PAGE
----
Dorrin K Mace, Horologost

Dorrin K Mace, Horologost
The Clock Man in a pensive moment

Wednesday, April 16, 2014

More on Westminster Chimes

The Westminster Quarters is the most common name for a melody used by a set of clock bells to chime on each quarter hour. The number of chime sets matches the number of quarter hours that have passed. It is also known as the Westminster Chimes, or the Cambridge Chimes from its place of origin, the church of St Mary the Great, Cambridge.
The melody consists of five different permutations of four pitches in the key of E major. The pitches are B3, E4, F4 and G4.

The permutations are:

    g4, f4, e4, b3
    e4, g4, f4, b3
    e4, f4, g4, e4
    g4, e4, f4, b3
    b3, f4, g4, e4

Played as three crotchets and a dotted minim. These permutations are always played in order, and each permutation is used twice every hour. Different quantities of permutations are played at each quarter-hour: one set at the first quarter, two sets at the half, and so forth, as follows:
First Quarter
  \relative c'' {\time 6/4 \key e \major gis4 fis e b2.|} 

Second Quarter (half hour)
  \relative c' {\time 6/4  \key e \major e4 gis fis b,2. | e4  fis gis e2.|}

Third Quarter
 \relative c'' {\time 6/4  \key e \major gis4 e fis b,2. | b4 fis' gis e2. | gis4 fis e b2.|}

Fourth Quarter (full hour) with hour chime (3 o’clock shown)
 \relative c' { {\time 6/4 \key e \major e4 gis fis b,2. | e4  fis gis e2. | gis4 e fis b,2. |  b4 fis' gis e2. } \new Staff {\clef bass  e,1.^"Big Ben"  | e1.| e1. |} }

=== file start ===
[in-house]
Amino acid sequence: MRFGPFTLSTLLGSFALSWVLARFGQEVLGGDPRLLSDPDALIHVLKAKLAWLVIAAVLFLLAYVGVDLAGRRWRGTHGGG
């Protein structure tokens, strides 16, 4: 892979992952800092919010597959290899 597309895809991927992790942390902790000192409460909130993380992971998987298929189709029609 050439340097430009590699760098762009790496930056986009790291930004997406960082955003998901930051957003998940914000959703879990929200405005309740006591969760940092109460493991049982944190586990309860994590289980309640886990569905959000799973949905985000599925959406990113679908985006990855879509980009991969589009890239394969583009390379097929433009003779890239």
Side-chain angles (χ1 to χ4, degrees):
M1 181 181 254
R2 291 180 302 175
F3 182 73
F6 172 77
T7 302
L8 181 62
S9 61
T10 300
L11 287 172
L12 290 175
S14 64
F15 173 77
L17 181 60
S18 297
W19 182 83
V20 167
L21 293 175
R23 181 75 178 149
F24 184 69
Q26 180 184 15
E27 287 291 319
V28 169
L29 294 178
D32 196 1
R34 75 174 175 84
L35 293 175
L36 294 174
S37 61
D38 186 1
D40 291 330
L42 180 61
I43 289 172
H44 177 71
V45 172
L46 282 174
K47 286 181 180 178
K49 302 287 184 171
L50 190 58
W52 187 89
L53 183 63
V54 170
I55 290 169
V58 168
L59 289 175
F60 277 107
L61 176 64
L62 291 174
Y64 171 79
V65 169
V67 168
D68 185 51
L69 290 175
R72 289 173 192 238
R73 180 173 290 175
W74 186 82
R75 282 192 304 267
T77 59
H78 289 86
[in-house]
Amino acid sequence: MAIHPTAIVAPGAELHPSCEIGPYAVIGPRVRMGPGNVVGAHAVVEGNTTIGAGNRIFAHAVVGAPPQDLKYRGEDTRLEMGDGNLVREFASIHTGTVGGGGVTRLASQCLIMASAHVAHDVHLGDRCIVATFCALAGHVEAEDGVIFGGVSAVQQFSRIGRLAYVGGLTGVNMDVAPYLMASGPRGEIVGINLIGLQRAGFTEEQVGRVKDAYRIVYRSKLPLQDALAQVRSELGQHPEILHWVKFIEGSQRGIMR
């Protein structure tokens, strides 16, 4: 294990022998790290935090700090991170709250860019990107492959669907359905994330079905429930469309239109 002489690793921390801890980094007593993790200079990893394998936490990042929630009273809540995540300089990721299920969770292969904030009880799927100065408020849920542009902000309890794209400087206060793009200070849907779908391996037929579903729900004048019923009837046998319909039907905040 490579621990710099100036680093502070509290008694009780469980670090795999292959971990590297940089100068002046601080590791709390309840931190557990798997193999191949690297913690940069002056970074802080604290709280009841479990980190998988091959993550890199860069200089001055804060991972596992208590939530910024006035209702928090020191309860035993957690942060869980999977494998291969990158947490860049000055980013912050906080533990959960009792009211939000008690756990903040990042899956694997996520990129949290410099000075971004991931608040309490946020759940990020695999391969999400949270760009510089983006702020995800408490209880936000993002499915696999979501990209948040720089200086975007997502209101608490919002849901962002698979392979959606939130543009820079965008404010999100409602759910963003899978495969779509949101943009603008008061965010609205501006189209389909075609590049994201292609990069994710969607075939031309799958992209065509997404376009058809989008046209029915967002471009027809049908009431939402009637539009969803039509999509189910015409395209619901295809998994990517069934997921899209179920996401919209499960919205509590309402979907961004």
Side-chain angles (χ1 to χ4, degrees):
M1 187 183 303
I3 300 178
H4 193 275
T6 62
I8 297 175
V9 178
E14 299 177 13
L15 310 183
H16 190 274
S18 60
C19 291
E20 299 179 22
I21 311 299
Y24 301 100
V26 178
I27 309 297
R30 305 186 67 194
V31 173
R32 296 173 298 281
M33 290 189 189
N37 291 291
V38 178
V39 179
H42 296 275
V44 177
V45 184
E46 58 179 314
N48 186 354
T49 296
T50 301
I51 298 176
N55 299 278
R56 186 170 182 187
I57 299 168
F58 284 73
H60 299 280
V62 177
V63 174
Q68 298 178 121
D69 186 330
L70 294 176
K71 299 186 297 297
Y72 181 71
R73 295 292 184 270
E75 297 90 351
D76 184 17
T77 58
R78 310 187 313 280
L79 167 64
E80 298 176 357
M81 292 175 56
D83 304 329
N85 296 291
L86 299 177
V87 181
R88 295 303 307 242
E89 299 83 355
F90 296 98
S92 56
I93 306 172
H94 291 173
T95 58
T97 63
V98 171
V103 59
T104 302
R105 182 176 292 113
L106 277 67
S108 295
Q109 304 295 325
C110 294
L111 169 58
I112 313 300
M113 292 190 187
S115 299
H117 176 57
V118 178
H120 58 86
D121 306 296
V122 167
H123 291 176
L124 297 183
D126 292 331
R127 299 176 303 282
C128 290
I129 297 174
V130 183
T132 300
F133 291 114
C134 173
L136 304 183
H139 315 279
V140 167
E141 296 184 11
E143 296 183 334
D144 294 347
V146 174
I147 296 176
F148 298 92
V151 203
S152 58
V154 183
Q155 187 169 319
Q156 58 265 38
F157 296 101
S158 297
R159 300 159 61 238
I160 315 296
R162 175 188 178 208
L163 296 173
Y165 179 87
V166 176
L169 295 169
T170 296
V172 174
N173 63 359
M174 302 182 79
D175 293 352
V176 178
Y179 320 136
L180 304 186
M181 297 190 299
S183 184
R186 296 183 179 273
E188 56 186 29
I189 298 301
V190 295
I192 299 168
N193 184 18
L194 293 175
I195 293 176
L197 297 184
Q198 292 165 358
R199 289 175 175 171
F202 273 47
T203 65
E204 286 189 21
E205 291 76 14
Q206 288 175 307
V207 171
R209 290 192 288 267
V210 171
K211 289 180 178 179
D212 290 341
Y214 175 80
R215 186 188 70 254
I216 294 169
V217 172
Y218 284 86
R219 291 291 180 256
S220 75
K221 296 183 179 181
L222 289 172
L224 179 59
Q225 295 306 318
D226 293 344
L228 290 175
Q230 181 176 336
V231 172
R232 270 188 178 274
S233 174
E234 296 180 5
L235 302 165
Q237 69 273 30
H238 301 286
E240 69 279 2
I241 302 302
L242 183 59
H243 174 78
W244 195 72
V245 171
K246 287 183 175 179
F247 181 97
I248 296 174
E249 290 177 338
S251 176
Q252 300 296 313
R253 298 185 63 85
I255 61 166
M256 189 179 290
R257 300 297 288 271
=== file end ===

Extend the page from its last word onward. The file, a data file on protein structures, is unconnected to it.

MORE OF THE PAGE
This chime is traditionally, though without substantiation, believed to be a set of variations on the four notes that make up the fifth and sixth measures of "I know that my Redeemer liveth" from Handel's Messiah. This is why the chime is also played by the bells of the so-called 'Red Tower' in Halle, the native town of Handel. It was written in 1793 for a new clock in St Mary the Great, the University Church in Cambridge. There is some doubt over exactly who composed it: Rev Dr Joseph Jowett, Regius Professor of Civil Law, was given the job, but he was probably assisted by either Dr John Randall (1715–99), who was the Professor of Music from 1755, or his brilliant undergraduate pupil, William Crotch (1775-1847).

In the mid-19th century the chime was adopted by the clock tower at the Palace of Westminster (where Big Ben hangs), whence its fame spread. It is now possibly the most commonly used chime for striking clocks.

According to the church records of Trinity Episcopal Church (Williamsport, Pennsylvania), this chime sequence was incorporated into a tower clock mechanism by the E. Howard & Co., Boston, MA. The clock and chime in Trinity's steeple base was dedicated in December 1875. It holds the distinction of being the first tower clock in the United States to sound the Cambridge Quarters.
The lyric inscribed in the Big Ben clock room reads:

    All through this hour
    Lord, be my guide
    And by Thy power
    No foot shall slide.
The conventional lyrics for the tune are:
    O Lord our God
    Be Thou our guide
    That by thy help
    No foot may slide.
An alternative lyric changes the third line:
    O Lord our God
    Be Thou our guide
    So by Thy power
    No foot shall slide.
A variation on this, to the same tune, is sung at the end of a Brownie meeting in the UK and Canada:
    Oh Lord our God
    Thy children call
    Grant us Thy peace
    And bless us all.

1 comment:

  1. Love knowing this! I have two grandfather clocks, a grandmother clock and an old kitchen clock that is erratic so I don't wind the chimes. Just love my clocks and listening to them chime. Added a coo coo clock not too long ago. Oh the "Sound" of sweet music every fifteen minutes! :)


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